Factsheet: Ednan Aslan

Published on 28 Nov 2022

IMPACT: Ednan Aslan is a Turkish-German Professor of Islamic Religious Education at the University of Vienna in Austria. Aslan is frequently interviewed by mainstream media as an expert on Islam and a critical voice on Muslims. He has been a vocal supporter of the Austrian Chancellor Sebastian Kurz’s anti-Muslim policies, and also served in the Documentation Center Political Islam, a federally funded center that monitors, surveils, and maps Muslims in Austria. 

Ednan Aslan was born in Turkey and moved from Germany to Austria in 2003. As a young man, he was fascinated by the Islamic Revolution in Iran. A 2017 piece in Die Presse noted that there are rumors that he had been a follower of the militant Kaplan movement, which was banned in Germany in 2001. Aslan strongly denies these allegations. Following his Ph.D. in 1996, he became a Professor of Islamic Religious Education at the University of Vienna in 2006. From 2013–2017, he was the head of the research platform, Institute of Islamic Studies, and from 2017–2019, he was the head of the Institute of Islamic Theological Studies. It has been reported that Heiko Heinisch, a German political commentator who supports numerous anti-Muslim policies and promotes conspiracy theories about an “Islamist” threat, worked with Aslan at the Institute of Islamic studies.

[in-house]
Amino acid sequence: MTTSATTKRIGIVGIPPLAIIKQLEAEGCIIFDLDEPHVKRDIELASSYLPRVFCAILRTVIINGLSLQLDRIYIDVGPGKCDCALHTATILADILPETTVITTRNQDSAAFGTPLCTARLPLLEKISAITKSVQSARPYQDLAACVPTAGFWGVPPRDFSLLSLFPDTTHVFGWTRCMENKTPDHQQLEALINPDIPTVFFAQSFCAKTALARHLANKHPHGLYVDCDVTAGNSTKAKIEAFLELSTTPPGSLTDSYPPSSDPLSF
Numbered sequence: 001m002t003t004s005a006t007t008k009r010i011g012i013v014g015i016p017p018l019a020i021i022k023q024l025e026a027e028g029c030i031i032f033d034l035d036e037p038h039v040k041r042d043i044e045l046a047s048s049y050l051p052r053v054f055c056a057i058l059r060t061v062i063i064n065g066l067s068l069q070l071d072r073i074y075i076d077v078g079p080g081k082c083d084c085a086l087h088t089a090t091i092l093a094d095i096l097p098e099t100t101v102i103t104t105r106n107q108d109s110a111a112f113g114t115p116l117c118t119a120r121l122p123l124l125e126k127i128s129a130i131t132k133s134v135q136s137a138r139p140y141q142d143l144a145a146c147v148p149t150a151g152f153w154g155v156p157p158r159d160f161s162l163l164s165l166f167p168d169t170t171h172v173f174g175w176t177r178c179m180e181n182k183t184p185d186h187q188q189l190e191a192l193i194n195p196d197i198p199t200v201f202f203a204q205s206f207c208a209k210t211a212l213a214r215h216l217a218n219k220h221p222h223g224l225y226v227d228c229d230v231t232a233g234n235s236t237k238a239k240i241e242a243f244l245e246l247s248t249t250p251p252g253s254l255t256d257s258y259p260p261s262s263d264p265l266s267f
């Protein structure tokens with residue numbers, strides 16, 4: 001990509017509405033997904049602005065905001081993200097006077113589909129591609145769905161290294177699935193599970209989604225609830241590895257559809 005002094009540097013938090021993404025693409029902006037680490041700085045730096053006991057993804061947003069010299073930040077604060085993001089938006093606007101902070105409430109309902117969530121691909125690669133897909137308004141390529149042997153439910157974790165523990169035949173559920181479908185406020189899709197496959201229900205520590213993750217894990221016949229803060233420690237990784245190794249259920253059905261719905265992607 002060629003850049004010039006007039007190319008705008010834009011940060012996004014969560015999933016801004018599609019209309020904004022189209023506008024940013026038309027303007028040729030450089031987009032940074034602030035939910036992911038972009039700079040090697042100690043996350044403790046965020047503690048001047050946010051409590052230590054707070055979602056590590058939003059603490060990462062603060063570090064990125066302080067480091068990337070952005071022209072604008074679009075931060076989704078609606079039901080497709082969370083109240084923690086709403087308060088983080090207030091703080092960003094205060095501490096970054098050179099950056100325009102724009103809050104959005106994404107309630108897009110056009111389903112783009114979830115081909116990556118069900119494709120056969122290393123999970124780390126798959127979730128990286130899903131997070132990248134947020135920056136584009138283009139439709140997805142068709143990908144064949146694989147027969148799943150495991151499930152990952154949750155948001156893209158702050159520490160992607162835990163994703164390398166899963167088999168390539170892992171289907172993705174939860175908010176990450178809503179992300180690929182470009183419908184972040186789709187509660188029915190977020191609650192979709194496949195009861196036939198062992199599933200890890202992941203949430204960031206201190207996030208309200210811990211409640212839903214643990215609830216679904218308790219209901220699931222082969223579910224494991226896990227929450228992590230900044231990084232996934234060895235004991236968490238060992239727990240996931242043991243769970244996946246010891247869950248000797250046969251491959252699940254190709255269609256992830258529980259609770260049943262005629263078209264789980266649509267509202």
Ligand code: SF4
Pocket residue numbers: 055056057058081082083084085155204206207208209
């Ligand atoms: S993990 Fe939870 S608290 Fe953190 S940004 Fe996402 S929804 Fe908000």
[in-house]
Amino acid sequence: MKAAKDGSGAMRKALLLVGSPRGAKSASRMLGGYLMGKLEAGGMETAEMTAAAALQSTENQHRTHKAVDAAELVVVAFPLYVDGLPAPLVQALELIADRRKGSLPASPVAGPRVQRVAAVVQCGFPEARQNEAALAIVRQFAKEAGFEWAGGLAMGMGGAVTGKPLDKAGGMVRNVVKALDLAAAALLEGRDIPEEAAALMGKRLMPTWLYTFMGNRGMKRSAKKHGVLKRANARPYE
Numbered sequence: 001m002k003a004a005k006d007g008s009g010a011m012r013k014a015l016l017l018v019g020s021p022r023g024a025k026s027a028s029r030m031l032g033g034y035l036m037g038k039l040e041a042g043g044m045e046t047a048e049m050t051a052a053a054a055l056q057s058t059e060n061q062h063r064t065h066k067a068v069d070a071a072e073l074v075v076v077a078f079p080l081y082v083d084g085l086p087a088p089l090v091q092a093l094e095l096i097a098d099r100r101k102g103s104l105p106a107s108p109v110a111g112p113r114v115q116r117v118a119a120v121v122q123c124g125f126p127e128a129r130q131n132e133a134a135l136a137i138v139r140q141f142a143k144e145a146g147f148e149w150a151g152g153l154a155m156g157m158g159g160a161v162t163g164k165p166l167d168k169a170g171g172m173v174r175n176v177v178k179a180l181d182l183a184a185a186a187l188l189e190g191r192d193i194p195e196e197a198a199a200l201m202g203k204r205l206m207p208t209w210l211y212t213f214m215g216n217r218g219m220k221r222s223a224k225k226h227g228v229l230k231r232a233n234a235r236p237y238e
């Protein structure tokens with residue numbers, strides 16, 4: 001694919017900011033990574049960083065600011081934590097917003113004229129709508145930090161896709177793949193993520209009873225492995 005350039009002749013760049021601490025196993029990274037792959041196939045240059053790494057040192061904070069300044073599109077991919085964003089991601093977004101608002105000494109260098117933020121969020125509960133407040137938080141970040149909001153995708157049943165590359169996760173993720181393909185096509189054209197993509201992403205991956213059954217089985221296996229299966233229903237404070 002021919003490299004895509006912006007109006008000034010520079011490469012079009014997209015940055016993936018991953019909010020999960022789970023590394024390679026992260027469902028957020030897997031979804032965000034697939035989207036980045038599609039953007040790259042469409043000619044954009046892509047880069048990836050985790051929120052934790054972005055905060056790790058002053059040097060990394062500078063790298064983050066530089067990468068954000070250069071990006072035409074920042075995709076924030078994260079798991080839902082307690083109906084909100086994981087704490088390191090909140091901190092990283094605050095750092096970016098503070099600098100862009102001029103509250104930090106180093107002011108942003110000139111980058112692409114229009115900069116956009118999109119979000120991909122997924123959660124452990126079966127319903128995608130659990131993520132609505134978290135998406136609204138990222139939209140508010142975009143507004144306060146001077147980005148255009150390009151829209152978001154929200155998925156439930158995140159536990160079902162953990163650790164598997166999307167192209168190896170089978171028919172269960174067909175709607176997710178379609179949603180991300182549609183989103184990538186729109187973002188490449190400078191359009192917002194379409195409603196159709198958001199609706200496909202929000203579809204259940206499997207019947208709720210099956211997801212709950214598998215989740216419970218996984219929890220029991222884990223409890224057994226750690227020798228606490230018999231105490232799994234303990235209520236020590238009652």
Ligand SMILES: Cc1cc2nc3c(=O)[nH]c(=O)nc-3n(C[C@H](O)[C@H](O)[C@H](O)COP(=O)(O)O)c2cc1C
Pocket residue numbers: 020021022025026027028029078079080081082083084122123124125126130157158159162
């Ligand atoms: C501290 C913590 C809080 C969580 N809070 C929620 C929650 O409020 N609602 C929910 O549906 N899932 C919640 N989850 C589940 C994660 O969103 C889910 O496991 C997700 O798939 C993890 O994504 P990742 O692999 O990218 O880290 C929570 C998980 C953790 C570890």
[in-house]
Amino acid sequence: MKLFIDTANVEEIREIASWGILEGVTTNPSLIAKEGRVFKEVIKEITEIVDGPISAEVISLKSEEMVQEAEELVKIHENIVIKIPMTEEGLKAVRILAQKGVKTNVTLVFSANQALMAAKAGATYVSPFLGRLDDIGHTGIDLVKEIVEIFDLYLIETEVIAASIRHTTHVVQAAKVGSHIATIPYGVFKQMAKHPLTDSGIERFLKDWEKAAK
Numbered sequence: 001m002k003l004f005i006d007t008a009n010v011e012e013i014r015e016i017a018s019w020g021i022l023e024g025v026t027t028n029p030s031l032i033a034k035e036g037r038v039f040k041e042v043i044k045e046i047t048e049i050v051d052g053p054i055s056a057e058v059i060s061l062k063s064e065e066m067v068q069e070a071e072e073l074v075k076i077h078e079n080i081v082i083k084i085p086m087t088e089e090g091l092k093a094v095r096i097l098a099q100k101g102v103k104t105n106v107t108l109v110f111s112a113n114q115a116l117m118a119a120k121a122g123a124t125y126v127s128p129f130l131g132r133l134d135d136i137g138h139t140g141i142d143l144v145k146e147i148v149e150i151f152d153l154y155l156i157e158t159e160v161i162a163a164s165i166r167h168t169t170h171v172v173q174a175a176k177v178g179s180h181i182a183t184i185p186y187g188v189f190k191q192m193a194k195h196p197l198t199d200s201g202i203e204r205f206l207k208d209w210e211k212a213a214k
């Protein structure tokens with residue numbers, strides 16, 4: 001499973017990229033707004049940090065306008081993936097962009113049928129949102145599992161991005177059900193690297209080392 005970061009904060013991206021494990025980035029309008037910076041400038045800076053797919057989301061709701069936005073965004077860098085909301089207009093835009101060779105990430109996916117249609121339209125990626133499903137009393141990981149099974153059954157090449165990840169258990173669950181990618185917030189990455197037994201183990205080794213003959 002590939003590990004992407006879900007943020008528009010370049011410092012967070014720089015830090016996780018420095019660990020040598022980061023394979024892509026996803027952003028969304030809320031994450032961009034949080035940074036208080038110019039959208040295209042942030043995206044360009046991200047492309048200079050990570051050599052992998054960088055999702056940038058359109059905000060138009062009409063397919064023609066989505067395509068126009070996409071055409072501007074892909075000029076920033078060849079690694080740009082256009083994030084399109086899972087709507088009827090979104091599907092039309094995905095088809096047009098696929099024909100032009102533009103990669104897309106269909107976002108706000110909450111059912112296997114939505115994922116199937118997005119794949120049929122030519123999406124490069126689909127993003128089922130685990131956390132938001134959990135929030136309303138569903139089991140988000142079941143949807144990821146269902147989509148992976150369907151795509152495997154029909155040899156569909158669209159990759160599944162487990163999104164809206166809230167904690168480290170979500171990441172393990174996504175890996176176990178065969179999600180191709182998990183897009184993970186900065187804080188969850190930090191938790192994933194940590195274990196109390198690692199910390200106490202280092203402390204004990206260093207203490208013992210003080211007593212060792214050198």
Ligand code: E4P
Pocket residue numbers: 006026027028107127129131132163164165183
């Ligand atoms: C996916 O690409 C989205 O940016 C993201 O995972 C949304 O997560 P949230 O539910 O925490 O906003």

In a 2012 piece for Die Presse, Aslan is described as somebody who thinks that “the Islamic theology of today is outdated because it cannot provide answers to the questions of the present.” In a 2015 interview with the Austrian Broadcasting Corporation (ORF), Aslan argued that “all Muslim organizations share the goals of Daesh to create an Islamic state” and that “all Islamic theological faculties outside of Europe are teaching the theology of Daesh.”